Climbing Fox Glacier

After staying in Christchurch, we hit up Kaikoura next, with some success. The first day was fantastic – the other 3 got out onto a Whale Watching tour, saw 3 whales, some albatrosses and several dolphins. Marc and Alexandra then went skydiving, something that was high on their list of things to do in New Zealand, but hadn’t had the weather for so far. And we had a very tasty dinner. All in all, a very good day!

The next day the weather wasn’t cooperating, so the three unfortunately had their dolphin swim cancelled (one of my favourite memories here in New Zealand). That was very disappointing, but we still enjoyed the Kaikoura Peninsula walk before heading through the scenic Lindis Pass over to Greymouth, to spend the night there.

The next morning we drove up to Pancake Rocks, took in the sights, and then headed to a very soggy walk of Franz Josef glacier. The forecast for the next day was finally calling for some decent weather though…just in time.

We were headed to Fox Glacier to do some ice climbing! (note: A few pictures are courtesy of Alexandra and Sabrina)

And the forecast was correct. We got very good weather!

For getting onto Fox Glacier, on has several choices. You can do the half-day walk, which is the wimpiest and shortest of the options. You get about 1-1.5 hours on the ice. Many opt instead for the full-day walk, which gets you much further onto the glacier so that you see much more, and you spend 3-4 hours on the ice. Finally, for the most active and adventurous, there is ice climbing, which keeps you on the ice for 6-7 hours. We chose the ice climbing, and I was very keen on trying this, and had been for some time.

We were entirely outfitted in gear – crampons, ice axes, harness, helmets, gloves. The whole 9 yards.

After a bit of learning how to use crampons, which takes a bit of getting used to, and learning to trust our ice axe, which, if placed correctly, can easily support your entire weight, we got to climbing. Alex is in the pink, Sabrina in the distance, and I’m the one taking pictures…I climbed up to this point and was just hanging out with my crampons jammed into the ice.

Marc climbing the ice, sans ice-axes. He’s got a lot of bouldering experience, so he wanted the extra challenge. He managed to do 2 of the climbs with just his crampons and free-hands.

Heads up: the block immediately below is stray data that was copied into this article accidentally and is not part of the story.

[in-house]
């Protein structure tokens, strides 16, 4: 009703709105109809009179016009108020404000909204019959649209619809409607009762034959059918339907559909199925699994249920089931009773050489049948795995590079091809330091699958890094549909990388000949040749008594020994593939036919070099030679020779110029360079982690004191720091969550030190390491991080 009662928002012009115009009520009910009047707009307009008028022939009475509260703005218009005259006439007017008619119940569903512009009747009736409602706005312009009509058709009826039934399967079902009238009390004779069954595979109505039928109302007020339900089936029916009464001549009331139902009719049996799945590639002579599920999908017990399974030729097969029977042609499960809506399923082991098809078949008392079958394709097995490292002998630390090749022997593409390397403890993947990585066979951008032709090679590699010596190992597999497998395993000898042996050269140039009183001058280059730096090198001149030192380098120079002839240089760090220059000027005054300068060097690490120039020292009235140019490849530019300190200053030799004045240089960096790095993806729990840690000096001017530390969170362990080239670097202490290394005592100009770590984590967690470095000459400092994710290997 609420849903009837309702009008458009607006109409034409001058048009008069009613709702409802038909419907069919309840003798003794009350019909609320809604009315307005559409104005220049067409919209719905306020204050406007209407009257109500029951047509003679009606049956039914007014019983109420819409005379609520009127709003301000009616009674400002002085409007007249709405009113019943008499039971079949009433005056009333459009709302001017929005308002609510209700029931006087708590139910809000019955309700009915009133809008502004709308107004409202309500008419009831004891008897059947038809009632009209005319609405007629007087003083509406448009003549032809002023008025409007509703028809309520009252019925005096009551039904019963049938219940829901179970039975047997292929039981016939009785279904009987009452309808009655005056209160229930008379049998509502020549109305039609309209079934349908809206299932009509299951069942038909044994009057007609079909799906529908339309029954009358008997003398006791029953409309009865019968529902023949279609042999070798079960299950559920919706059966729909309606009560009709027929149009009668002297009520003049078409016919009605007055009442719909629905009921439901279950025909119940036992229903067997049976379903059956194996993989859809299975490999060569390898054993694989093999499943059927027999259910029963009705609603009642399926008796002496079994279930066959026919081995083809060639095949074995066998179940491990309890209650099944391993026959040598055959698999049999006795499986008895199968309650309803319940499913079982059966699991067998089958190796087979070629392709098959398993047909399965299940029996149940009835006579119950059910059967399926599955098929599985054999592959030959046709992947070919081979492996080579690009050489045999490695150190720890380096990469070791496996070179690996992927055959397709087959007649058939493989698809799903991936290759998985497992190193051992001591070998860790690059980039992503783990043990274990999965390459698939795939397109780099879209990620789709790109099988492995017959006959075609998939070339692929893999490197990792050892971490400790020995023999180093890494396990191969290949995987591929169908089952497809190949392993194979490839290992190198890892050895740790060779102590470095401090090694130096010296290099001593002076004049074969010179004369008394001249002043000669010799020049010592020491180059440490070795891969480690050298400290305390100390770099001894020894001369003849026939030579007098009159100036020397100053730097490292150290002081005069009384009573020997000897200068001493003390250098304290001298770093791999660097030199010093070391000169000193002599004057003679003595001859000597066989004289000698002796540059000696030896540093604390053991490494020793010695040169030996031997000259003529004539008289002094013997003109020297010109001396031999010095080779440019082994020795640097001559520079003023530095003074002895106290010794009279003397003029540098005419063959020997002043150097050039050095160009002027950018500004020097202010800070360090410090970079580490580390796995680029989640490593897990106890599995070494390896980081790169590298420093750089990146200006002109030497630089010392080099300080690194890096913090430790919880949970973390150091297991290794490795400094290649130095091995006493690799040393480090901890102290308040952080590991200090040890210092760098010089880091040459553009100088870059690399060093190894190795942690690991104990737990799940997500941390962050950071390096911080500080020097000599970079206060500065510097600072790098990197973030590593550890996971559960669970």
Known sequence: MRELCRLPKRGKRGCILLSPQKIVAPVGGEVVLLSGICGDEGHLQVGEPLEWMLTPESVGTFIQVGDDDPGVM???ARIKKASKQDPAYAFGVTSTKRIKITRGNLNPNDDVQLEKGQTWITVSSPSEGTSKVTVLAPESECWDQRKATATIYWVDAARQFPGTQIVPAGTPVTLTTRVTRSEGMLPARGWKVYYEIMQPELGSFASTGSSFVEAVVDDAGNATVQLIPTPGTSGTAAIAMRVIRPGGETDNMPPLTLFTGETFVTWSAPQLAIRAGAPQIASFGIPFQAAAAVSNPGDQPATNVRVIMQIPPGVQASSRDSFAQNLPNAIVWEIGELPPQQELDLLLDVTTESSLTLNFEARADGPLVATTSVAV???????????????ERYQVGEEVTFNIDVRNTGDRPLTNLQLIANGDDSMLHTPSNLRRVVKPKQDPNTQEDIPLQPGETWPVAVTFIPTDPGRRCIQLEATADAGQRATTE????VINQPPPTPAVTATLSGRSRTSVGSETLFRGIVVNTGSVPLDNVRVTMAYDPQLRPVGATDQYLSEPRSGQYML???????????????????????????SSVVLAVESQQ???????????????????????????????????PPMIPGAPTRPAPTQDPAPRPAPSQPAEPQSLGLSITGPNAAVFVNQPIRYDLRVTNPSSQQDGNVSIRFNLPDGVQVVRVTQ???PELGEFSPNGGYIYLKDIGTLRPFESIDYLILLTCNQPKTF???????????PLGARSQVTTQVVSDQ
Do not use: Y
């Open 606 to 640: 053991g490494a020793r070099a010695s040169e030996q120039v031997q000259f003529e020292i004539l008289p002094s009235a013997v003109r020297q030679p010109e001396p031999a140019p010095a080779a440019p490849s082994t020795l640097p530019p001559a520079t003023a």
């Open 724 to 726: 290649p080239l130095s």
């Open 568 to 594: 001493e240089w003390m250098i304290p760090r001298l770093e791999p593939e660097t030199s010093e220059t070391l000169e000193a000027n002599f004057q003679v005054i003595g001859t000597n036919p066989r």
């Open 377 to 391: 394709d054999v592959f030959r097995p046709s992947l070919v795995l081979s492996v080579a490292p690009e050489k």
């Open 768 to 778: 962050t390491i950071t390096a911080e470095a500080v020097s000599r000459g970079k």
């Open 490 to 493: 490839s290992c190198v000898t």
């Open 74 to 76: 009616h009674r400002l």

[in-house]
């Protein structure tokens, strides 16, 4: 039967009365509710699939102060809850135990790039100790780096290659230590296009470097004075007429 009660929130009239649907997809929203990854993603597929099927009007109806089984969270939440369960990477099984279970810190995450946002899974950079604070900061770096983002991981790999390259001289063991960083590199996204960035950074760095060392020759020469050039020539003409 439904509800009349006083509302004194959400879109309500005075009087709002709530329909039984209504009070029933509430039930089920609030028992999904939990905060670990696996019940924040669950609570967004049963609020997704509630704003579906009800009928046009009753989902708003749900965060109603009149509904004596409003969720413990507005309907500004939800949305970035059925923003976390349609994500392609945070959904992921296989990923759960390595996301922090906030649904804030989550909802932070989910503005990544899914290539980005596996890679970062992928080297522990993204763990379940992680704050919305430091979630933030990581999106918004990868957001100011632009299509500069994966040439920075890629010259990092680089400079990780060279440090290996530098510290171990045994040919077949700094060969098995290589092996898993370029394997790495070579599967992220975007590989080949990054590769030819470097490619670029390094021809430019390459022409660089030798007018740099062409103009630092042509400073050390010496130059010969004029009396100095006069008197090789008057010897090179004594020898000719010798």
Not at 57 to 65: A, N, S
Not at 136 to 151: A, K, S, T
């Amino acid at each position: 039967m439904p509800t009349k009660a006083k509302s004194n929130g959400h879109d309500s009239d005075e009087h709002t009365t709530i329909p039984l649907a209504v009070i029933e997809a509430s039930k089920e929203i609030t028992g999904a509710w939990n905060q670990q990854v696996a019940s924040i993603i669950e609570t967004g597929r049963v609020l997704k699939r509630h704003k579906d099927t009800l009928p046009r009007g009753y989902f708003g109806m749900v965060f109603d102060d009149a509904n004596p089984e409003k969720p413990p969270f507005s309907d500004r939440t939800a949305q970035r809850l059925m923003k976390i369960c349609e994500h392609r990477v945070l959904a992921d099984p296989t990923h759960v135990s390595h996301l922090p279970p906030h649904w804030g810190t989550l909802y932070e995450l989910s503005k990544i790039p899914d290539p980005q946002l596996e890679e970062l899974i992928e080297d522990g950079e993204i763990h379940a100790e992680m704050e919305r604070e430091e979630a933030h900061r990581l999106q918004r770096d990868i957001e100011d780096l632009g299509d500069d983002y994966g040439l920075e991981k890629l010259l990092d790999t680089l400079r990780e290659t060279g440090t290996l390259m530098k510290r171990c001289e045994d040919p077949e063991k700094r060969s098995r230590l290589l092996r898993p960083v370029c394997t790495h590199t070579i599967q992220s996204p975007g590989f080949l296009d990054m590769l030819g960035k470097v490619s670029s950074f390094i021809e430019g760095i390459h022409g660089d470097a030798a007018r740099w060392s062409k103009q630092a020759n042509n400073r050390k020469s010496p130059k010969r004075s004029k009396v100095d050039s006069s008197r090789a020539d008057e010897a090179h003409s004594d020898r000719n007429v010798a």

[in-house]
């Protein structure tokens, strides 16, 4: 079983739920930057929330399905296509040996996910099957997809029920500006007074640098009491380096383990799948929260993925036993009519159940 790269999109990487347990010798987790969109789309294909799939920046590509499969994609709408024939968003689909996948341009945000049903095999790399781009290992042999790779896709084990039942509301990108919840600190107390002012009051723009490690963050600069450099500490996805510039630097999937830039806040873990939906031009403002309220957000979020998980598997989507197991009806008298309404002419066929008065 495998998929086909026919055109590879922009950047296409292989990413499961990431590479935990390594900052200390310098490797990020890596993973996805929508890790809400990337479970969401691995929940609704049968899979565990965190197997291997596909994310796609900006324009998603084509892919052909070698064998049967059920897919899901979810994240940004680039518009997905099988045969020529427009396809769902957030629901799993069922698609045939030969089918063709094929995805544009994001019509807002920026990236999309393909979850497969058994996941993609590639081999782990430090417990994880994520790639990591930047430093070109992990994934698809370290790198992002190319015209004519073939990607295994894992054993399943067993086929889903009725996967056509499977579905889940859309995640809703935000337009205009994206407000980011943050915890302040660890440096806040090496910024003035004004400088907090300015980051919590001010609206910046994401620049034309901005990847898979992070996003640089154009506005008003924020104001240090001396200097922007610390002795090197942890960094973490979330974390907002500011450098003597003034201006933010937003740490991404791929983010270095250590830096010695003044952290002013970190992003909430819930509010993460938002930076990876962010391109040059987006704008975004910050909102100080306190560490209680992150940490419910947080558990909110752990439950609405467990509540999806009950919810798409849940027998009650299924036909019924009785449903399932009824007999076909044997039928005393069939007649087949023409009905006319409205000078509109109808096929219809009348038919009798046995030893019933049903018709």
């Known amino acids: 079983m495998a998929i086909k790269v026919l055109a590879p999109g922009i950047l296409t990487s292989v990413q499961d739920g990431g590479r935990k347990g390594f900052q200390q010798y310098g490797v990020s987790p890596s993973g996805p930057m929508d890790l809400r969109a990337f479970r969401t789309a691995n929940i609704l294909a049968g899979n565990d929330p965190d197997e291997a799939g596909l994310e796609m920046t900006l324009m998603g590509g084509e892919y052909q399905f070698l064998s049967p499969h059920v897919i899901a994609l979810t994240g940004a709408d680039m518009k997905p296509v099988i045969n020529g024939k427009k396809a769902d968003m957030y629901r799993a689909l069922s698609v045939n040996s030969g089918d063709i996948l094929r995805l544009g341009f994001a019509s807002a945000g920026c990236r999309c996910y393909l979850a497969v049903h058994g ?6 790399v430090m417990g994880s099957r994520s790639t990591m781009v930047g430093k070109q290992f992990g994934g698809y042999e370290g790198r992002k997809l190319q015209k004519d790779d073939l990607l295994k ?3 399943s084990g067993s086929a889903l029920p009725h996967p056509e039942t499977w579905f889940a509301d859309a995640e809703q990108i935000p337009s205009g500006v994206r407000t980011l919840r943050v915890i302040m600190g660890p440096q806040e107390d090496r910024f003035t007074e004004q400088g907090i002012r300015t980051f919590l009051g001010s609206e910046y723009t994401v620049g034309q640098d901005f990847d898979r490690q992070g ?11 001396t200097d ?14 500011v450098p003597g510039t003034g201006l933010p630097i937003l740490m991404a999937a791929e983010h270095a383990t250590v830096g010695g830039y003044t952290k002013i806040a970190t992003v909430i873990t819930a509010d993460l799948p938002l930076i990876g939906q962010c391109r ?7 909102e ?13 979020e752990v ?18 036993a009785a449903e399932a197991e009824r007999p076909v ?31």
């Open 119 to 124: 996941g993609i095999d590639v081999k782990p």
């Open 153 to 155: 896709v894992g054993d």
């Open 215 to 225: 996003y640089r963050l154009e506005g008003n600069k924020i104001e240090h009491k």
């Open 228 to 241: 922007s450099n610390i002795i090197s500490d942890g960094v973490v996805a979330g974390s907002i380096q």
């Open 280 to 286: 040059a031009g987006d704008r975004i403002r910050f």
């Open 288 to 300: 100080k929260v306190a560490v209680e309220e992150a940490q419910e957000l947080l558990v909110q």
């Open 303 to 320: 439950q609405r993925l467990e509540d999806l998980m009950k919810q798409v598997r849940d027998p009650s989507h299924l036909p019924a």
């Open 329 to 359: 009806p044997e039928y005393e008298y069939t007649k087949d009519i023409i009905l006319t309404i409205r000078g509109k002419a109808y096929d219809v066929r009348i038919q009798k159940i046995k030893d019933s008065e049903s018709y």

And me going up after a lunch break. Where I took my helmet off, and forgot to put it back on.

I survived. But felt silly afterwards when I realized I had left my safety gear behind. Oops! So did my guide though (who is belaying me at the bottom). Also, I felt a bit cold after falling ass-backwards into a waterfall while tying myself onto the safety rope. Silly me.

After several climbs, we descended into an ice cave.

Yes, I was enjoying myself a lot.

Sabrina making her way down into the cave.

All four of us crammed in – it’s not a huge spot!

Looking further down the ice cave. It’s actually a pretty decent waterfall here. And actually, right behind the ice wall we were climbing. Turns out the ice we were climbing wasn’t hundreds of meters thick, but pretty thin! But still very, very strong.

The ice was stunning to see. Blue, translucent and capturing dirt and bubbles.

Back to the surface of the glacier.

And to our final challenge for the day, a massive hole. It doesn’t look like much at this angle.

Once you get ready to be dropped in though, it looks much different.

A good perspective, showing Alex climbing back out.

Looking back up after I made my way down to an ice shelf. That’s the guide at the top.

Standing on an ice shelf…and getting soaking wet. I was probably 6-8 meters down right now, with another 5 meters or so to go to the bottom.

Marc climbing up on a line near where I was.

I climbed back out, but regretted not going all the way to the bottom. Here’s Alex making a climb out.

Since I had another chance, this time I’d go all the way to the bottom (and the only one of the 8 of us to do so!).

It was very pretty all the way down…and remarkably cold.

And wet. Where you get these huge holes in the ice…water abounds.

Then it was down to me to climb back out. Which proved to be considerably harder than any of the climbs I had done that day. That far down, the sunlight never reaches the ice. So it is ROCK hard to try and get your crampons and axes into. But the area I had climbed down had significantly narrowed – I was able to actually wedge myself using my back and that provided some leverage. I slowly made my way up. Once I got to this point in the picture below, I was exhausted (having climbed 10 or so meters already), but the ice up here had been in the sun most of the day – it was considerably softer and easier to dig into.

The four of us, having survived our full day on the Fox Glacier!

Definitely one of my favourite activities in New Zealand. Much like canyoning, you have to do all the work yourself, and you certainly get the feeling of accomplishment once you climb to the top of a wall, or get yourself out of a massive hole in the glacier. It’s tiring and hard work, but such a fun, unique and rewarding experience!

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